After our one full day in St. Petersburg, we had about half of the next day left before our scheduled train to Moscow. The only thing that I’d scheduled for us in the morning was a little tour of the historic 1916 Krasin icebreaker. It didn’t look that far away on the Google map, but we later found out that Google had pegged the wrong address. So we walked a hurried two miles, my husband carrying our son the whole time, and made it just in time for our own personal English tour of the ship.

There happened to be two other icebreakers in town at the time, but the Krasin is officially a museum, and I thought our son would like it. Turns out, he had no patience for the information our guide was trying to impart, but he was happy to try and run all over the ship. We still managed to see some neat things like a model of the Fram, Roald Amundsen’s ship that he took to the Antarctic when he won the race to the South Pole, a large stuffed polar bear, the communications room where we all got to try our hand at tapping out Morse code. Our guide even let our son ring the ship’s bell on the bow.

The Krasin icebreaker.

The Krasin icebreaker.

A bit of Morse code.

A bit of Morse code.

At the end of the tour I asked our guide if he had been in the Russian navy. He said, no, that he had actually been on a research vessel for 30 years. Even more interesting! For a bit more of the ship’s history and some visitor info, check out this great St. Petersburg tourist site.

After the tour we packed up the hotel room and took a taxi to the Moskovsky train station. We arrived early for our 3:00 Sapsan high-speed train but didn’t see too much in the way of snack places, so we hopped on the train and hoped there’d be some kind of dining car. It turned out that a three-course meal and drinks were included in the price of the ticket! So we sat comfortably in our leather seats and tried to keep our son entertained while the Russian countryside, which looked disappointingly like Oregon without a hint of Dr. Zhivago, flew by, and we snacked on bread, cheese, fruit, potatoes, and beef in tomato sauce followed by fruit tarts and chocolate cake. I decided to follow the lead of the Russians sitting around me and had a Russian Standard brand vodka and tomato juice.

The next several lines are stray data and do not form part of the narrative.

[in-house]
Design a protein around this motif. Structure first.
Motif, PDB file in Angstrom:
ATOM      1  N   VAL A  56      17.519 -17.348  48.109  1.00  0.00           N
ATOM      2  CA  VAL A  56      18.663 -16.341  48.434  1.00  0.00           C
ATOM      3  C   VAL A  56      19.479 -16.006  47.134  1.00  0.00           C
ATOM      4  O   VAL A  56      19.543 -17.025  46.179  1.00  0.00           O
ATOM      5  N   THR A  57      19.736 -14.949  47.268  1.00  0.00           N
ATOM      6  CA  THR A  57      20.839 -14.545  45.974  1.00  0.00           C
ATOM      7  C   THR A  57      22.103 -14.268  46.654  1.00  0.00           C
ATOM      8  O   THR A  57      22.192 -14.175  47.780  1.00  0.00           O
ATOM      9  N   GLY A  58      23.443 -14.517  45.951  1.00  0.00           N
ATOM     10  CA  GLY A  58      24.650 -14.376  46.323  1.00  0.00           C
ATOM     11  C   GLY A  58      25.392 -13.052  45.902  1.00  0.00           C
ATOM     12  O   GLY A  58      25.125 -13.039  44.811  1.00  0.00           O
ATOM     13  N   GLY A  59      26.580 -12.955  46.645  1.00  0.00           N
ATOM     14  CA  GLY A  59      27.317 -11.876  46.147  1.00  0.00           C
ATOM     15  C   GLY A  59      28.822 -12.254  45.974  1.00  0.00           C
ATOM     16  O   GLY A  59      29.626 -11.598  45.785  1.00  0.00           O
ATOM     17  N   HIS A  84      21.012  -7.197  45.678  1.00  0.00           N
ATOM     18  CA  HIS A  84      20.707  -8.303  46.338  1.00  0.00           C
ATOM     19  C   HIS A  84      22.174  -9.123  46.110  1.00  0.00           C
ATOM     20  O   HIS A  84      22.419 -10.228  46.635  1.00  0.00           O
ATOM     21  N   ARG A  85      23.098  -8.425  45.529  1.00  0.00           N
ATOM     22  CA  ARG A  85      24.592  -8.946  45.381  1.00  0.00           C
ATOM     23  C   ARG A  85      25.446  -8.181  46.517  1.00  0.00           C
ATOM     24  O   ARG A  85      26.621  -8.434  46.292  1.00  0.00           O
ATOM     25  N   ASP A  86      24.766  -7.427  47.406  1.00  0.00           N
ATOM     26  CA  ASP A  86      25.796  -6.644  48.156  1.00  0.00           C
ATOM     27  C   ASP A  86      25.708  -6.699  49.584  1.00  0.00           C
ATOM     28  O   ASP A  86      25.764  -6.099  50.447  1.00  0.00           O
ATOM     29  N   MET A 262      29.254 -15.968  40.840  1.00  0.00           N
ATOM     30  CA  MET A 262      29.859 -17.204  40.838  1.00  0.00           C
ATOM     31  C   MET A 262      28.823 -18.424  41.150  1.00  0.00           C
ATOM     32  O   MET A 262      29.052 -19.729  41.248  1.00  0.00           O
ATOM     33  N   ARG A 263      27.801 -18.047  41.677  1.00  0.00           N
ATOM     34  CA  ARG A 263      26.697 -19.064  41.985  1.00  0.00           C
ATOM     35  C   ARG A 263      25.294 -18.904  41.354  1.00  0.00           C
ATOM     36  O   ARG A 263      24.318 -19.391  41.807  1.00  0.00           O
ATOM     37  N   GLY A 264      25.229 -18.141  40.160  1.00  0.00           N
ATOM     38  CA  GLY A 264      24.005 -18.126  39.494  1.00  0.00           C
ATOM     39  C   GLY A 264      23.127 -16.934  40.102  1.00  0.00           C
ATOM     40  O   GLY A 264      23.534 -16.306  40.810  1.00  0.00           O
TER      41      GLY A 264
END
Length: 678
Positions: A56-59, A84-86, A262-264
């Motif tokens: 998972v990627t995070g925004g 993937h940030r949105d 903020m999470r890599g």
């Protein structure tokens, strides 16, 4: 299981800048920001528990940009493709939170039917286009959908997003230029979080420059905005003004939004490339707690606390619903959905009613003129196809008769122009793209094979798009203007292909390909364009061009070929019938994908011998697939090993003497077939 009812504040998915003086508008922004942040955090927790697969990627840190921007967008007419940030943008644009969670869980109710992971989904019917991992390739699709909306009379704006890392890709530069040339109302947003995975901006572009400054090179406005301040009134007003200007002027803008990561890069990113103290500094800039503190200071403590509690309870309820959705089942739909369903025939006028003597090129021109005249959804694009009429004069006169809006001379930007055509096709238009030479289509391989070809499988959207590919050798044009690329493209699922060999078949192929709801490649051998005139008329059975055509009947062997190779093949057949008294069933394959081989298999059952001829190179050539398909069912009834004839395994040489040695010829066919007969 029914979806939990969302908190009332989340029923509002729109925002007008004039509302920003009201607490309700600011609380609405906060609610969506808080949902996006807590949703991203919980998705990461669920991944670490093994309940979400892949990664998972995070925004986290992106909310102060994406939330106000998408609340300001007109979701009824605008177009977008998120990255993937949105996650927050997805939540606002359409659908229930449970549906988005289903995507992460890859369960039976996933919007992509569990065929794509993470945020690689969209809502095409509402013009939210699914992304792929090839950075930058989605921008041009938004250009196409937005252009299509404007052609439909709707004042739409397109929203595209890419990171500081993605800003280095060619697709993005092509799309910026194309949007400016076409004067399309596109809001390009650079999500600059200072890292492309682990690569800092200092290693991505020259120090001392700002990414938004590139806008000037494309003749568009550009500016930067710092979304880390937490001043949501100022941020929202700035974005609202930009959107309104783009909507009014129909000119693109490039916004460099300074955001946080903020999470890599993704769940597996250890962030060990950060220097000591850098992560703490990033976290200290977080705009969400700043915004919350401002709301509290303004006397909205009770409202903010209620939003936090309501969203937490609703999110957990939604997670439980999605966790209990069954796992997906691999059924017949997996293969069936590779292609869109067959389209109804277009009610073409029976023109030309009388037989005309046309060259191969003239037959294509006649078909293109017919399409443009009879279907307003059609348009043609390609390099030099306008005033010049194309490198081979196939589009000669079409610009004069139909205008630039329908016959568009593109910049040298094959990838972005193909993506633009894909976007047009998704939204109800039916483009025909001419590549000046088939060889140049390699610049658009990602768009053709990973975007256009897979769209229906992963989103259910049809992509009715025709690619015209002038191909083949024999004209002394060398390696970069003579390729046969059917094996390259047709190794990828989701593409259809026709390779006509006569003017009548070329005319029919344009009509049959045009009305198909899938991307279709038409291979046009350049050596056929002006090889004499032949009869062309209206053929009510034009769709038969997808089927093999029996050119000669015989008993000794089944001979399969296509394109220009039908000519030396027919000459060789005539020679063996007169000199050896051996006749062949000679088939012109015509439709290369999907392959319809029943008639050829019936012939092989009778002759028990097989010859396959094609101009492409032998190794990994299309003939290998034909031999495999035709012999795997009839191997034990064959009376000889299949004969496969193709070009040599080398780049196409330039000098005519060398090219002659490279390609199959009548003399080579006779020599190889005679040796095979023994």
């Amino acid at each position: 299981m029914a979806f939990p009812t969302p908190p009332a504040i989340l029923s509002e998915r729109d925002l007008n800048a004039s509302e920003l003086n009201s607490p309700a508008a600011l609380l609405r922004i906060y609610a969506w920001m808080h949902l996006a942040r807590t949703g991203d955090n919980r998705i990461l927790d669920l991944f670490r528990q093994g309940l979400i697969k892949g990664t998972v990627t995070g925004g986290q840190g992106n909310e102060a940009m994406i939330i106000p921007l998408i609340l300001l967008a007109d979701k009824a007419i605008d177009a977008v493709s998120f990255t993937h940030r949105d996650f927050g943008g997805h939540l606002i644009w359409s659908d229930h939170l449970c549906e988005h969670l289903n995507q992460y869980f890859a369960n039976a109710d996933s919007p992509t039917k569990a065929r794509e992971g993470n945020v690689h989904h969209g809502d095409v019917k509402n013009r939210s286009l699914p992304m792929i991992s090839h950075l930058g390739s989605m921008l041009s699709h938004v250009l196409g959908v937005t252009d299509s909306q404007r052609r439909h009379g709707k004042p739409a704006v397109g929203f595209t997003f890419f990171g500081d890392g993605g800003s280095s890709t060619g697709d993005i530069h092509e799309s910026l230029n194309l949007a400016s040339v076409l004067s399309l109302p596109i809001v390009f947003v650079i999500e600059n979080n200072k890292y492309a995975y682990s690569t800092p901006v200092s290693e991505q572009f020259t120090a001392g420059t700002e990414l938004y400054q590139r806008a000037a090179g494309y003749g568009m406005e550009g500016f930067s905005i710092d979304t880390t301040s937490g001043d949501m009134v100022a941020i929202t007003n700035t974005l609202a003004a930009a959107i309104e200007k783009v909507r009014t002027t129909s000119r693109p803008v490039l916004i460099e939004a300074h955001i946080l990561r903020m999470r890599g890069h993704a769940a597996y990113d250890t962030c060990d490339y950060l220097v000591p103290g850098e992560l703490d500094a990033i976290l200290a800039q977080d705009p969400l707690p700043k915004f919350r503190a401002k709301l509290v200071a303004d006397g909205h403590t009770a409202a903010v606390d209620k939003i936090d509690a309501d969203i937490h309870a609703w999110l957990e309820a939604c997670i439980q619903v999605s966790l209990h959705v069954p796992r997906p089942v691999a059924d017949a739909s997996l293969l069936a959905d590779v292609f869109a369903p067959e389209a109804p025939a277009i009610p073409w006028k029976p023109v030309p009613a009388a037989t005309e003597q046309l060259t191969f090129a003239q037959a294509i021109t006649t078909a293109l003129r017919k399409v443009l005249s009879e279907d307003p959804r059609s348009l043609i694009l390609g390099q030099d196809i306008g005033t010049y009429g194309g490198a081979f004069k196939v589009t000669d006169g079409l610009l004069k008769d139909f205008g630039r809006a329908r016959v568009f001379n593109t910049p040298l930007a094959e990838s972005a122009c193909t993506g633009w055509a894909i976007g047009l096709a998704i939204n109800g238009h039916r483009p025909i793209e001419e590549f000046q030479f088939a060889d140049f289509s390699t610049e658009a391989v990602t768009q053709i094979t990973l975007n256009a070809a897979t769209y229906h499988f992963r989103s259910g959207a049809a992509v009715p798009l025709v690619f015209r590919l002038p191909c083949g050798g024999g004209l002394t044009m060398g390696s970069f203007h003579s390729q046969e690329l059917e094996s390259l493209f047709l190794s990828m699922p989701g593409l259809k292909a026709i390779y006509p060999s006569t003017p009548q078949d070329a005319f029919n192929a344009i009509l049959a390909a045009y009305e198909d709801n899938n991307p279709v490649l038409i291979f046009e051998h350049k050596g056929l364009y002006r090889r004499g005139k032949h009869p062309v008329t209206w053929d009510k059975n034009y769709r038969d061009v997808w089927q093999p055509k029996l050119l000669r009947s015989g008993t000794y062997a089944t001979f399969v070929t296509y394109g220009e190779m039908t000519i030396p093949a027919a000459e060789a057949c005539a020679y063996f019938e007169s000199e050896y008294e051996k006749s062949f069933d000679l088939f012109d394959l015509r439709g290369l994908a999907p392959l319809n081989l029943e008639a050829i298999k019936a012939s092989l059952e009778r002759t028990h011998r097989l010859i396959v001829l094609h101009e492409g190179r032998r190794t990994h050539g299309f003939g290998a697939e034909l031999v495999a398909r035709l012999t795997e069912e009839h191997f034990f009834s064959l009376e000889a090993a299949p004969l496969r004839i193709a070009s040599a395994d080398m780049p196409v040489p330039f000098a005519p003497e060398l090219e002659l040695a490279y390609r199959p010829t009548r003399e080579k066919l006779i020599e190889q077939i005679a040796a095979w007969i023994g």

The Sapsan high-speed train to Moscow.

The Sapsan high-speed train to Moscow.

Russian Standard vodka and tomato juice.

Russian Standard vodka and tomato juice.

We had booked an English-speaking taxi through a recommended website called Welcome Taxi. It was very easy to book online, and it was great to have someone waiting to meet us as we literally stepped off the train. From there, we checked into the Courtyard Marriott City Centre hotel, which was only a few blocks from Red Square and had a similar set up as the last hotel (additional baby bed, view over indoor courtyard, breakfast buffet) but with a slightly more abrupt staff.

The train ride was about four hours, so it was close to 8:30pm by the time we got settled in our room. Again, room service was the diners’ choice, so we had some burgers and fries sent up and called it a night. I know it’s not very adventurous, but they actually didn’t have anything particularly Russian on the menu.

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